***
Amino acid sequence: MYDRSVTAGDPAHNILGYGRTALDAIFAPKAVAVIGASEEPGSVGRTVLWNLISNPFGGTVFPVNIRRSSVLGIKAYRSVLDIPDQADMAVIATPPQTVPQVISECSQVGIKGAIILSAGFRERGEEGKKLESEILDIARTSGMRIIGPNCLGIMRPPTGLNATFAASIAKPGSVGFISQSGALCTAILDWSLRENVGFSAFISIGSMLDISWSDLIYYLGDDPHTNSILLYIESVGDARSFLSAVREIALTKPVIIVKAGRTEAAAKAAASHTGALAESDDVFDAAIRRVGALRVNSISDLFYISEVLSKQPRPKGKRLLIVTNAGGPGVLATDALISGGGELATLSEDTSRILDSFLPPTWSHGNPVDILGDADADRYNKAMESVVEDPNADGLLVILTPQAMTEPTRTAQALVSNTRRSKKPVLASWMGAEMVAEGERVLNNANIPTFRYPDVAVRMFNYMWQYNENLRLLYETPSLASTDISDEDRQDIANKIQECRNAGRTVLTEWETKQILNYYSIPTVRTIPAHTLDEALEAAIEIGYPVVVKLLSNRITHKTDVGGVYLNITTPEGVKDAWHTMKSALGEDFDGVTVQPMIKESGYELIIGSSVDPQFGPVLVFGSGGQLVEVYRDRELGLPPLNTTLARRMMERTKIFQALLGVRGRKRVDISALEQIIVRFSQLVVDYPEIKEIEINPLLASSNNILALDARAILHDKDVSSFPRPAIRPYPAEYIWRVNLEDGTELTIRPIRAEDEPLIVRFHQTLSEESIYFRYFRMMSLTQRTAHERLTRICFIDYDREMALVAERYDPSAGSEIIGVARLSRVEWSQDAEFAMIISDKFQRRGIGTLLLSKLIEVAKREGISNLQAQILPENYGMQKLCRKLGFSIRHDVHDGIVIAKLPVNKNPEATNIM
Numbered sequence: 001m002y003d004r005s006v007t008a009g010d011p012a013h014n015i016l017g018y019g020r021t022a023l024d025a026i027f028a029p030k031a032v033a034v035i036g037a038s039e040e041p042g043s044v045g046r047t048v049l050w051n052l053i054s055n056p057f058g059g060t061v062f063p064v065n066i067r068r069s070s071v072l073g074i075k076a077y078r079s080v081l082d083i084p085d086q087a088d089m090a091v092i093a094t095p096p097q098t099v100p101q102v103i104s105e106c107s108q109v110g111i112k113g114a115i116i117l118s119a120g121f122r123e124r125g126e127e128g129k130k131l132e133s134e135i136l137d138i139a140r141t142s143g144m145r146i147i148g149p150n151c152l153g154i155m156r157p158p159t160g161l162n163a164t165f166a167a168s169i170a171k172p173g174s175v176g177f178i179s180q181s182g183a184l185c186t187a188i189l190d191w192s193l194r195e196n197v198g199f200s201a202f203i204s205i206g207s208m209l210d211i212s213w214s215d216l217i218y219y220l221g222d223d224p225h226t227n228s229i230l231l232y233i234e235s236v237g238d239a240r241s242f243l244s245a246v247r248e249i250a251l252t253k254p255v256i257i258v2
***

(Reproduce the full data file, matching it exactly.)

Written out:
Amino acid sequence: MYDRSVTAGDPAHNILGYGRTALDAIFAPKAVAVIGASEEPGSVGRTVLWNLISNPFGGTVFPVNIRRSSVLGIKAYRSVLDIPDQADMAVIATPPQTVPQVISECSQVGIKGAIILSAGFRERGEEGKKLESEILDIARTSGMRIIGPNCLGIMRPPTGLNATFAASIAKPGSVGFISQSGALCTAILDWSLRENVGFSAFISIGSMLDISWSDLIYYLGDDPHTNSILLYIESVGDARSFLSAVREIALTKPVIIVKAGRTEAAAKAAASHTGALAESDDVFDAAIRRVGALRVNSISDLFYISEVLSKQPRPKGKRLLIVTNAGGPGVLATDALISGGGELATLSEDTSRILDSFLPPTWSHGNPVDILGDADADRYNKAMESVVEDPNADGLLVILTPQAMTEPTRTAQALVSNTRRSKKPVLASWMGAEMVAEGERVLNNANIPTFRYPDVAVRMFNYMWQYNENLRLLYETPSLASTDISDEDRQDIANKIQECRNAGRTVLTEWETKQILNYYSIPTVRTIPAHTLDEALEAAIEIGYPVVVKLLSNRITHKTDVGGVYLNITTPEGVKDAWHTMKSALGEDFDGVTVQPMIKESGYELIIGSSVDPQFGPVLVFGSGGQLVEVYRDRELGLPPLNTTLARRMMERTKIFQALLGVRGRKRVDISALEQIIVRFSQLVVDYPEIKEIEINPLLASSNNILALDARAILHDKDVSSFPRPAIRPYPAEYIWRVNLEDGTELTIRPIRAEDEPLIVRFHQTLSEESIYFRYFRMMSLTQRTAHERLTRICFIDYDREMALVAERYDPSAGSEIIGVARLSRVEWSQDAEFAMIISDKFQRRGIGTLLLSKLIEVAKREGISNLQAQILPENYGMQKLCRKLGFSIRHDVHDGIVIAKLPVNKNPEATNIM
Numbered sequence: 001m002y003d004r005s006v007t008a009g010d011p012a013h014n015i016l017g018y019g020r021t022a023l024d025a026i027f028a029p030k031a032v033a034v035i036g037a038s039e040e041p042g043s044v045g046r047t048v049l050w051n052l053i054s055n056p057f058g059g060t061v062f063p064v065n066i067r068r069s070s071v072l073g074i075k076a077y078r079s080v081l082d083i084p085d086q087a088d089m090a091v092i093a094t095p096p097q098t099v100p101q102v103i104s105e106c107s108q109v110g111i112k113g114a115i116i117l118s119a120g121f122r123e124r125g126e127e128g129k130k131l132e133s134e135i136l137d138i139a140r141t142s143g144m145r146i147i148g149p150n151c152l153g154i155m156r157p158p159t160g161l162n163a164t165f166a167a168s169i170a171k172p173g174s175v176g177f178i179s180q181s182g183a184l185c186t187a188i189l190d191w192s193l194r195e196n197v198g199f200s201a202f203i204s205i206g207s208m209l210d211i212s213w214s215d216l217i218y219y220l221g222d223d224p225h226t227n228s229i230l231l232y233i234e235s236v237g238d239a240r241s242f243l244s245a246v247r248e249i250a251l252t253k254p255v256i257i258v2